• Cycling on pavements by those who are less confident (and often are adults)
  • Many cycle to and from major employment and study destinations in Old Road and perceive this road to be dangerous
  • Failure to observe highway rules e.g. failing to stop at pedestrian crossings or red traffic lights.
  1. Public transport issues and problems include:
  • Bunching of buses in London Road
  • Routing of buses through a residential road which is not fit for purpose (Osler Road)
  • Unmet demand for buses to Summertown from Headington Centre
  • Night shift hospital staff unable to get on the busy no. 4 service at the Churchill stop in morning peak time
  • Buses and coaches in London Road swerving to avoid the rutted road surface
  • The removal of bus services from the Franklin Road area to Headington and Oxford.
  1. Coaches and traffic to/from independent schools cause congestion and generate parking problems in Latimer Road and London Road. There is a stated need by these schools for shuttle buses from Thornhill and the railway station.
  2. Vehicles stuck in traffic queues in London Road heading east pull out into the centre of the road and cut corners into Lime Walk and Latimer Road causing near misses
  3. Motorists perceive some junctions to be dangerous:
  • The All Saints Road/Lime Walk junction where traffic is unexpectedly encountered coming from a counter-intuitive direction
  • Headington Carfax where vehicles get stranded in the centre of the junction trying to turn right, and sometimes move only when the green man is showing for pedestrians
  1. Heavy congestion and/or avoidance of perceived hazardous junctions results in rat-running in (a) Barton Lane/St Andrew’s Road/Dunstan Road  (b) Highfield Area, including Latimer Road from Old Road  (c) Sandfield Road/Woodlands Road to Headley Way from London Road  (d) via Headington Quarry to avoid delays at Green Road roundabout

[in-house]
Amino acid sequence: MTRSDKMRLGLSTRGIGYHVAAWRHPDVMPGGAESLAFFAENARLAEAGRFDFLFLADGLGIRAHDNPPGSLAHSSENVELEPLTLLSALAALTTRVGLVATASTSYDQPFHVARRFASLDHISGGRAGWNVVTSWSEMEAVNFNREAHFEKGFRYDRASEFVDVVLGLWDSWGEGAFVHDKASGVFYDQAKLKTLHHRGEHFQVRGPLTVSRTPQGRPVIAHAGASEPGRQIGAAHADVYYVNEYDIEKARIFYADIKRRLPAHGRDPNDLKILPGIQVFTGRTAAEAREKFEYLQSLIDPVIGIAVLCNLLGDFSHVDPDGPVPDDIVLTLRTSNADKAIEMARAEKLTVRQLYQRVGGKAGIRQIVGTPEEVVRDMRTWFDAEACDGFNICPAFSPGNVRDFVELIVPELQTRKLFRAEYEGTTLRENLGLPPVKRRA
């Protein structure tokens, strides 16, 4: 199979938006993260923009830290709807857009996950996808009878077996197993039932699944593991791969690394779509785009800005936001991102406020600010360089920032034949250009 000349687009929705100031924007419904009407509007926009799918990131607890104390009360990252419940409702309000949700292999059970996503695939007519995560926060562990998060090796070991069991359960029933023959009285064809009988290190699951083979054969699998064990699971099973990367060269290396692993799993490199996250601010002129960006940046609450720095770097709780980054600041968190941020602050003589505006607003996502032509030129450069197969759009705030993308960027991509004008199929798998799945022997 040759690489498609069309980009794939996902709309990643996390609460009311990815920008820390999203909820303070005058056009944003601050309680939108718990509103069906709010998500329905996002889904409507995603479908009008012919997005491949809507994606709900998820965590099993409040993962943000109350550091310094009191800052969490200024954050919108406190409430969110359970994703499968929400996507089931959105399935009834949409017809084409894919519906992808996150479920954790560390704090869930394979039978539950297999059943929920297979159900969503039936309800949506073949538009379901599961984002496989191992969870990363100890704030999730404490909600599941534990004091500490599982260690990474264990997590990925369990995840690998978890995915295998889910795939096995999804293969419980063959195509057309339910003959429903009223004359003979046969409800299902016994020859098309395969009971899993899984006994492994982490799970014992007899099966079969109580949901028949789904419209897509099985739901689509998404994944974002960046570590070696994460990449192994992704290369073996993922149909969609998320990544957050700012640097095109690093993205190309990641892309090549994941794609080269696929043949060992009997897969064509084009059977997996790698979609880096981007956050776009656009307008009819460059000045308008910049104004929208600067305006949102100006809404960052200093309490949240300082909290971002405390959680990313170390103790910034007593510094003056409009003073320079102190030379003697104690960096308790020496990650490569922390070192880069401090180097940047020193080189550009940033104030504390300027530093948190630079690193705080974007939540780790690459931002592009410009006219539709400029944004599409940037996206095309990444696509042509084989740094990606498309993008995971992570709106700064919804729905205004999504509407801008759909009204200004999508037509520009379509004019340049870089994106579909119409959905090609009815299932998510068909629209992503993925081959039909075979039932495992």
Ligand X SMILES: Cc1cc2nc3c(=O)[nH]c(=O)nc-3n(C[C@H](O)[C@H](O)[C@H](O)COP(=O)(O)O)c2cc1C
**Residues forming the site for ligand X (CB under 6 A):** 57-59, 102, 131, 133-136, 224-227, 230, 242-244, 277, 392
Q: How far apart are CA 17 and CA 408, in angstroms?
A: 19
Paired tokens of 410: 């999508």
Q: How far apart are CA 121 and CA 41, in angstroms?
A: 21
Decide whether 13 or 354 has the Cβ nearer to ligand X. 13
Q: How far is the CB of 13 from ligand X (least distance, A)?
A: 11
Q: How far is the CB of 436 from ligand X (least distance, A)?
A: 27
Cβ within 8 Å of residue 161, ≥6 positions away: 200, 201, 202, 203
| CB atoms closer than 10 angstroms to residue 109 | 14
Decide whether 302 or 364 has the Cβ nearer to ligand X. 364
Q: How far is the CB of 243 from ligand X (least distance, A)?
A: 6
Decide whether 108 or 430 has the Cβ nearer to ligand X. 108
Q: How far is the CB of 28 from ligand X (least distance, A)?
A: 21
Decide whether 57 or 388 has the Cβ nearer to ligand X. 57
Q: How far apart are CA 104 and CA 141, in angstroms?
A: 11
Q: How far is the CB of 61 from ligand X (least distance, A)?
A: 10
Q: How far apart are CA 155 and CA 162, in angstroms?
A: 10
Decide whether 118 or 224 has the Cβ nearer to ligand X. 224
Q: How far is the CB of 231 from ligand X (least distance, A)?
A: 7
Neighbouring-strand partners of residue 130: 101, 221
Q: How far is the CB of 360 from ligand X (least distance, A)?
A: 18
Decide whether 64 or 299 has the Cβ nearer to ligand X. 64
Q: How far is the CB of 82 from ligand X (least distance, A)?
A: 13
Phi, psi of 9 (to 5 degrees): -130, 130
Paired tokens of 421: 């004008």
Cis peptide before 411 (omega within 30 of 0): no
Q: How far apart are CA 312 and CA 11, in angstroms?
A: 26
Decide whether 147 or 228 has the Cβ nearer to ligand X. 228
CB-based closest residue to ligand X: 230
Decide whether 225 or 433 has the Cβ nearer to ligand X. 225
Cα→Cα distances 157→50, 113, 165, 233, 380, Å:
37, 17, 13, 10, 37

2. There is speeding at off-peak times in Windmill Road, Lime Walk and London Road, and vehicles exceed the 20 MPH limits in residential roads including Dunstan Road, and roads off London Road and Old Road.
  3. The exit from Barton onto the Green Road roundabout causes problems for drivers as there is no traffic light to help them. Vehicles merging from slip road filtering left from Green Road roundabout to Cowley-bound eastern bypass sometimes cause near-misses.
  4. Taxis pulling in at Dorset House mount the pavement and obstruct line of sight for motorists immediately in front of a bus stop and pedestrian crossing
  5. Motorists have difficulty exiting from residential roads into heavy traffic e.g. Windmill Road from Langley Close and Rock Edge, London Road from Latimer Road, Lime Walk
  6. Parking issues can cause transport problems:
  • Lack of short stay parking means those using cash dispensers or visiting only one shop park on DYLs and in side streets causing congestion
  • The RPZ areas need revising – some residents with permits can’t find spaces and have to park on corners or on DYLs e.g. Gardiner Street, Windsor St. areas.
  • Commercial and retail staff swap around cars and vans every two hours to avoid car parking charges causing shortage of 2 or 3 hour parking for visitors e.g. in Old High Street.


What solutions do you think could form part of a strategy to address the transport issues identified?

It has to be accepted that not all the solutions to Headington’s traffic issues are in the hands of the Local Highway Authority (LHA). There are, though, many actions the LHA can and should take. Those actions should be guided by the following seven principles:

  1. Develop any strategy in engagement with the whole community, including residents and small businesses, not just the top three employers. This can be best done through constructive dialogue with the Headington Transport Group and the Headington Neighbourhood Forum as it progresses the Neighbourhood Plan.